Kosovo’s future is as hazy as its past. The plan of UN special envoy Martti Ahtisaari, which the Kosovars have pledged to uphold, foresees a highly conditional sovereignty for the new state, ruling out Kosovo’s joining any other country and building in safeguards for minorities, decentralized local government and international oversight for some time to come. Keeping the pressure on Pristina to honor these commitments and to exercise moderation in the face of Serbian hostility will keep both the UN and the EU fully stretched.

The UN’s role in Kosovo is not over. But it is up to the EU to take the lead, not merely in monitoring standards of governance in Kosovo but in pushing for a broader regional settlement. The EU, unlike the UN, is not paralyzed on the issue. And it has the incentive, for Kosovo lies at the heart of the greatest challenge to stability in Europe today. The country is the smallest in the already fragmented Balkans, with the highest rate of unemployment and the lowest standard of living. If history is any guide, independence and economic fragmentation mean things are likely to get worse before they get better.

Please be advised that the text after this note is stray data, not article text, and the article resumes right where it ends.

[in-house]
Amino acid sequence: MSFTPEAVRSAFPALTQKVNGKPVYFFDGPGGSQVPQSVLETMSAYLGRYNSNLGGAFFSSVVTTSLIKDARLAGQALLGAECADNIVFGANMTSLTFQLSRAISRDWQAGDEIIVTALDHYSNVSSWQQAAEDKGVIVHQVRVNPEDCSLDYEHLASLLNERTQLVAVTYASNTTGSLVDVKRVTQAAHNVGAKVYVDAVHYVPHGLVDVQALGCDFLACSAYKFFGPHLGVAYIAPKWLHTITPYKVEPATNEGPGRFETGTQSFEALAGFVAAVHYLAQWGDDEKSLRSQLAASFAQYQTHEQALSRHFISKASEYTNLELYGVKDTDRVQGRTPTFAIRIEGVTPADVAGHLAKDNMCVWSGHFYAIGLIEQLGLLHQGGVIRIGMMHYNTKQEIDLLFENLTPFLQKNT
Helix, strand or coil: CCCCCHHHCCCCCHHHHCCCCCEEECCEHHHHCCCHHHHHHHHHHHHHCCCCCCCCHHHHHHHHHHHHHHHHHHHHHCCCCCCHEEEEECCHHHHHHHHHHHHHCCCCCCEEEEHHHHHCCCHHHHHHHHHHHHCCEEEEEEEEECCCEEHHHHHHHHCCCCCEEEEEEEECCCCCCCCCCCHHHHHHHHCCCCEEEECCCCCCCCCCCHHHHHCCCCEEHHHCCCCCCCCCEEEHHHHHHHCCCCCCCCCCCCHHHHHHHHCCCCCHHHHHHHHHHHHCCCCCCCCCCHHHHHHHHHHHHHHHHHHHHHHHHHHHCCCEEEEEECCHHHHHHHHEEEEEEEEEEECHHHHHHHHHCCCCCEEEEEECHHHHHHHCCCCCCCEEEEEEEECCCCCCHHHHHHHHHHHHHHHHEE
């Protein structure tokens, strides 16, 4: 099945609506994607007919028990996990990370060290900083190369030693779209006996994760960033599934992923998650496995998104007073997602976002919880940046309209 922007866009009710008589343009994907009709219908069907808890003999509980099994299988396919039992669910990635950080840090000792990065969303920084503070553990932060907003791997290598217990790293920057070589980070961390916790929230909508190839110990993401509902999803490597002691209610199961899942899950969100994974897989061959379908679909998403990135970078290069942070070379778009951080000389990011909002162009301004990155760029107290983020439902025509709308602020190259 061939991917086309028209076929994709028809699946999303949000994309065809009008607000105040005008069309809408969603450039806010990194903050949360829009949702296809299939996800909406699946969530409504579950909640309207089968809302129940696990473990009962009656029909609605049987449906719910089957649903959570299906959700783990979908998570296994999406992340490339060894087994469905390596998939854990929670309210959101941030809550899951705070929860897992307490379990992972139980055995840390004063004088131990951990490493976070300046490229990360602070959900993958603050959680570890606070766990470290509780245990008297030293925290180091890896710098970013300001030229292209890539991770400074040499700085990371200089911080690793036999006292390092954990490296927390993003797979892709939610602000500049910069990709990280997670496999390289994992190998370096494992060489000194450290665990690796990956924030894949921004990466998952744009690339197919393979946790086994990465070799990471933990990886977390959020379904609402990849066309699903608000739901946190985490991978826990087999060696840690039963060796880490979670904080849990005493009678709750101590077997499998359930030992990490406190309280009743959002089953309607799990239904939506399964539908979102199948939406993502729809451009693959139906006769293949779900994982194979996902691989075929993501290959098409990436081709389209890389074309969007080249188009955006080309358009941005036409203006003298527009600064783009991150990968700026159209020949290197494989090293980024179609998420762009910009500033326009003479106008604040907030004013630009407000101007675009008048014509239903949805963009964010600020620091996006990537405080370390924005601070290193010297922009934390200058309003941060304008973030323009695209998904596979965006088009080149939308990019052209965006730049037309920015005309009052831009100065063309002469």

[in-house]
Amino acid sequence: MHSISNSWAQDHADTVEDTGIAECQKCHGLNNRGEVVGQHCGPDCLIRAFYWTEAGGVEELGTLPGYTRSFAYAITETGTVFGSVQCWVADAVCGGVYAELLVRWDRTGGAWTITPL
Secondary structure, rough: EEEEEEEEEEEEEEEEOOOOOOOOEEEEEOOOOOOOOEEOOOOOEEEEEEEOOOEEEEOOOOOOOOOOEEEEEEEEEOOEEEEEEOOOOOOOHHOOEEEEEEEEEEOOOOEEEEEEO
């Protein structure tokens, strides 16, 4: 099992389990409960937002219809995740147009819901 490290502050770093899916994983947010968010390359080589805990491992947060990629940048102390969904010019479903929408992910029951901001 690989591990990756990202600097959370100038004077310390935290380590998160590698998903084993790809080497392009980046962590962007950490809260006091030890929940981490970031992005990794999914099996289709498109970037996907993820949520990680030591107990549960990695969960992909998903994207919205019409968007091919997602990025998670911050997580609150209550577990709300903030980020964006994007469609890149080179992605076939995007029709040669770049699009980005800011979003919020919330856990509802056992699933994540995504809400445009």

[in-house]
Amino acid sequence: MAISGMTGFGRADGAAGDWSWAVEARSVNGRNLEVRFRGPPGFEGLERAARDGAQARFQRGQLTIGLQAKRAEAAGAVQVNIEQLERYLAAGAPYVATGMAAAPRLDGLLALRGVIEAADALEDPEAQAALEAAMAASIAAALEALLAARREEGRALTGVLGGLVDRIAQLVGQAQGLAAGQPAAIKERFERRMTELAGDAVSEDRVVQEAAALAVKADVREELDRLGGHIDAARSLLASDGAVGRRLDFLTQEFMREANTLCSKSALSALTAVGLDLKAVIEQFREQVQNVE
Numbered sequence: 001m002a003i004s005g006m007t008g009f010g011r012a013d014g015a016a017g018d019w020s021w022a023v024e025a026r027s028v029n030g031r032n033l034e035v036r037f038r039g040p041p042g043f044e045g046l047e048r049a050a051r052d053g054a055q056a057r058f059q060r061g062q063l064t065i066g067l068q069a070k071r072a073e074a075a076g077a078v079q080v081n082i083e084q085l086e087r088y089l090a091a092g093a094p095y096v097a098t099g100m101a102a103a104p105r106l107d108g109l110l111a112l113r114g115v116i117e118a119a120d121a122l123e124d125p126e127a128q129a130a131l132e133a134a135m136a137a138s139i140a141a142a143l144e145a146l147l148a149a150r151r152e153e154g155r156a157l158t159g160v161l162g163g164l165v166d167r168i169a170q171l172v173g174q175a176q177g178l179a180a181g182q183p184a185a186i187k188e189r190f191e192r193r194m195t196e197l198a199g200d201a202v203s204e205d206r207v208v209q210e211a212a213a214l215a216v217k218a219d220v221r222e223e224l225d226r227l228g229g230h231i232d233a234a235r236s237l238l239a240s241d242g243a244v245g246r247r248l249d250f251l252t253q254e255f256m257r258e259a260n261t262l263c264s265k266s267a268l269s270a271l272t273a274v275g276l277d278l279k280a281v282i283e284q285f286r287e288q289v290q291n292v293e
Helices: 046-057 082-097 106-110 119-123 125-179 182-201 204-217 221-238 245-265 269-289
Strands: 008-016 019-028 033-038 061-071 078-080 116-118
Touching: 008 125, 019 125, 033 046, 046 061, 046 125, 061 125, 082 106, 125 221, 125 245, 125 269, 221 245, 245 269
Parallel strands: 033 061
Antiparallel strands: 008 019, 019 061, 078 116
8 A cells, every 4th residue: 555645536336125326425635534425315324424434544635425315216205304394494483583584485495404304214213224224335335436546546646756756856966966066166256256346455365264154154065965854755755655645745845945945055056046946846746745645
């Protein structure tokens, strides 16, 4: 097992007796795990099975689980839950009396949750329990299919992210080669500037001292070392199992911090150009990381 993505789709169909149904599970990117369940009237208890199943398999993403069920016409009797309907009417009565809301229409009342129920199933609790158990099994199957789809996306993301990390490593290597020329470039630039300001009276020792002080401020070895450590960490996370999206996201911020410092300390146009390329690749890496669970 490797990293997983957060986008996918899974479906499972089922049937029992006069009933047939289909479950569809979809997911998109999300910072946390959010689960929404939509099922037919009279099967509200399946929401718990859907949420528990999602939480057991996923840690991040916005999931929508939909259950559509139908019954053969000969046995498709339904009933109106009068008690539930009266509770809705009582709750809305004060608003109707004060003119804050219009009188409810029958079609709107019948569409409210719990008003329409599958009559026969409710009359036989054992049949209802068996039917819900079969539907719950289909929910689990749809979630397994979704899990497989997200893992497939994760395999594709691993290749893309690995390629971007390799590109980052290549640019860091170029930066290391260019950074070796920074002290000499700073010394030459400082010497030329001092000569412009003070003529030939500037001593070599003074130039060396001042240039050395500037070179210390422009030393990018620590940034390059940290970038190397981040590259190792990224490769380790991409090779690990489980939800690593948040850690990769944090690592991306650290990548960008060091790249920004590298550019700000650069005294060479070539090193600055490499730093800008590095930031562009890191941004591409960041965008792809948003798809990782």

The EU can certainly make a difference. Thanks to its Stability Pact for southeastern Europe, other parts of the region are doing fine. For all their problems, Bulgaria and Romania, the EU’s newest members, are already in a different league, larger in area and with significantly higher per capita income. Croatia is even more prosperous. But in the western Balkans we see the emergence of micro-states with income levels scraping the bottom of the European barrel. Kosovo may be the latest and the poorest, but Macedonia and Montenegro are not much better off, and Bosnia/Herzegovina is still as dysfunctional as a decade ago, with an unemployment rate second only to Kosovo’s. The western Balkans cannot be isolated, and if their problems fester, Europe will suffer. Instability will flow outward and comparative advantage will favor drugs, prostitution and other kinds of smuggling over legitimate trade. Unfortunately, there is no quick fix.